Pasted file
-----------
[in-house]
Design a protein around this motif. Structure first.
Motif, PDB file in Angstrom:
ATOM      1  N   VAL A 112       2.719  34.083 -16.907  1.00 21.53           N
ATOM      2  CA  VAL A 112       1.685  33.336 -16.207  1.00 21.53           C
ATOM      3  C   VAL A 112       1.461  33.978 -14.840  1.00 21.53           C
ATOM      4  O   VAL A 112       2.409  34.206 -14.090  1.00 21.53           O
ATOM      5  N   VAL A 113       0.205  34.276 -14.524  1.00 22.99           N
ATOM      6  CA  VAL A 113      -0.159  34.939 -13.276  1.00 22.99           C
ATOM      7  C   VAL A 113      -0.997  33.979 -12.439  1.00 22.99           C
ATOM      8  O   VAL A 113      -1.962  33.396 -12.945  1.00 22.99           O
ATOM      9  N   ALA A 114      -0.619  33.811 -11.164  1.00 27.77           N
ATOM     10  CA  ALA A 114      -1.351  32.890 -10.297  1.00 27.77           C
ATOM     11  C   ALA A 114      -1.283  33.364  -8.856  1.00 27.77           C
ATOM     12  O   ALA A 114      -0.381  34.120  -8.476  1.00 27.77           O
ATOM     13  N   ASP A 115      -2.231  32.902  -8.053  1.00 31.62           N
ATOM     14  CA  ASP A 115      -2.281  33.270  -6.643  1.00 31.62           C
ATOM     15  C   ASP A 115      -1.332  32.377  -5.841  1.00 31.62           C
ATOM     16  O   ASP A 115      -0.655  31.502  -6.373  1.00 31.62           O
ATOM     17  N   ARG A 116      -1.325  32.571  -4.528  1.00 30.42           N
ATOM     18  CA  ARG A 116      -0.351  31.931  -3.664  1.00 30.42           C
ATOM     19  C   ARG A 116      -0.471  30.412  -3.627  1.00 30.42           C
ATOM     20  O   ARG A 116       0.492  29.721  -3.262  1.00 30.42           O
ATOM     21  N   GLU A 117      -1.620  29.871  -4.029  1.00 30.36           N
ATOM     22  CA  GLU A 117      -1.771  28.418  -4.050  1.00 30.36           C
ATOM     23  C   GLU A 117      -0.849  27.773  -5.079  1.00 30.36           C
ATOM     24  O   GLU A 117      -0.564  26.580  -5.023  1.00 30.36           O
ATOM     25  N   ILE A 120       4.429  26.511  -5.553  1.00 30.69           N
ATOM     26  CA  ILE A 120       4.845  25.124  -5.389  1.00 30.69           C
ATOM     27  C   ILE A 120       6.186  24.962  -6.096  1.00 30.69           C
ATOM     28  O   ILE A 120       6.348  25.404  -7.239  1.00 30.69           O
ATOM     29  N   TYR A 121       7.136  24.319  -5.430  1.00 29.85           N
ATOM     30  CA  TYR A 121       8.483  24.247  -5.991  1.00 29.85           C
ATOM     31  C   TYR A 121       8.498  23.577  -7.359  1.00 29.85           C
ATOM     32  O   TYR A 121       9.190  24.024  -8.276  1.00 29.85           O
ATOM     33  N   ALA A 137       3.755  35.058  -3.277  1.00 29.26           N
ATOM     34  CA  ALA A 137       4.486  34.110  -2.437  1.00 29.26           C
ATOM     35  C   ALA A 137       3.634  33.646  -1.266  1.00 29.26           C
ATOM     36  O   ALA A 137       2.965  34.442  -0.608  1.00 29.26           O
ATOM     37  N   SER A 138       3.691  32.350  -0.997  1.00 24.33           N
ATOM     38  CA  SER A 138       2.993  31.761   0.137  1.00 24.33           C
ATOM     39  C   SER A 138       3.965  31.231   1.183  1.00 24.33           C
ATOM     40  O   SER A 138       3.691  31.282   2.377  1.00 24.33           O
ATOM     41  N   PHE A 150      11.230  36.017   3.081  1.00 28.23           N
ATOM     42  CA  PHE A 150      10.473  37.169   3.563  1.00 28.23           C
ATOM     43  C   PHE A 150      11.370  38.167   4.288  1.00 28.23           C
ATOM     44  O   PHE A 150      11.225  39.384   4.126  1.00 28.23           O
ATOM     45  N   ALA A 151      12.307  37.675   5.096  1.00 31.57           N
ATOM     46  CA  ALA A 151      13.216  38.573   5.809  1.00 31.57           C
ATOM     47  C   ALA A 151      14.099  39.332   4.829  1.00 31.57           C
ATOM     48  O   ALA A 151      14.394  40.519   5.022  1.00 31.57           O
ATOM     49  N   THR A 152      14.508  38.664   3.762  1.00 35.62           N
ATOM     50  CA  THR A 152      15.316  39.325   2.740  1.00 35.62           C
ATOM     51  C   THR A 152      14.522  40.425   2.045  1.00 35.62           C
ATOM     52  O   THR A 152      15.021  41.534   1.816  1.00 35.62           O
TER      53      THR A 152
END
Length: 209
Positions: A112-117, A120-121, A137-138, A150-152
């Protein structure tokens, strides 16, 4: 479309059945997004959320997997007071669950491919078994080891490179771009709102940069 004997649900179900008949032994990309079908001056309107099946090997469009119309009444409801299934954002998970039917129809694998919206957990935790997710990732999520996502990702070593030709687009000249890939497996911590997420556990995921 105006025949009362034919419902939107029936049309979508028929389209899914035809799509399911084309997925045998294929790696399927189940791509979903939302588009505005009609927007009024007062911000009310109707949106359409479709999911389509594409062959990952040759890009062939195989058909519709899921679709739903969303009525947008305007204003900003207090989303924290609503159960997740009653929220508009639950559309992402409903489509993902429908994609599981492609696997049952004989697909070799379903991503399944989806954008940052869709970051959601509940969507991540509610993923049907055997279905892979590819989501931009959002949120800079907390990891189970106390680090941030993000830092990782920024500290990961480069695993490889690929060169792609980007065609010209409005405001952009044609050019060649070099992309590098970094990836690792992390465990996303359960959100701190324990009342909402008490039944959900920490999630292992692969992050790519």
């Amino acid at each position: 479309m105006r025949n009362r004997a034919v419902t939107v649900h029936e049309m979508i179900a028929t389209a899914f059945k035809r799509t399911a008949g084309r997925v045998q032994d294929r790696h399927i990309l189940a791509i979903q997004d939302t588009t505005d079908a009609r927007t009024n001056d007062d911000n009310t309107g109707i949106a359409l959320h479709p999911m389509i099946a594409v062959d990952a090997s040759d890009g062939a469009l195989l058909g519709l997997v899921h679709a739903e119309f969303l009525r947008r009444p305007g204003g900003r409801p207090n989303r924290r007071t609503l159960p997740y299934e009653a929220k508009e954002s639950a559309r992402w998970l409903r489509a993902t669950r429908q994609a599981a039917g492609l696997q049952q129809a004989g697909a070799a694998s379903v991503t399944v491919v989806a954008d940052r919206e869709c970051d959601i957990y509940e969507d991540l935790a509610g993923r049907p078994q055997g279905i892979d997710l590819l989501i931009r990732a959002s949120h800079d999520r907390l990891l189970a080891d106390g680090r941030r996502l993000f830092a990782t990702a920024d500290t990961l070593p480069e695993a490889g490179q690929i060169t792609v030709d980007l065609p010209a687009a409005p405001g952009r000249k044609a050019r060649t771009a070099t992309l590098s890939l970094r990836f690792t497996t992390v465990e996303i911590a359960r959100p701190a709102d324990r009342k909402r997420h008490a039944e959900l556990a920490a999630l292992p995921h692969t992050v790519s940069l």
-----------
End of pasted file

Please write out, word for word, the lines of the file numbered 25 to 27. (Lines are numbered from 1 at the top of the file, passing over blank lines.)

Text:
ATOM     22  CA  GLU A 117      -1.771  28.418  -4.050  1.00 30.36           C
ATOM     23  C   GLU A 117      -0.849  27.773  -5.079  1.00 30.36           C
ATOM     24  O   GLU A 117      -0.564  26.580  -5.023  1.00 30.36           O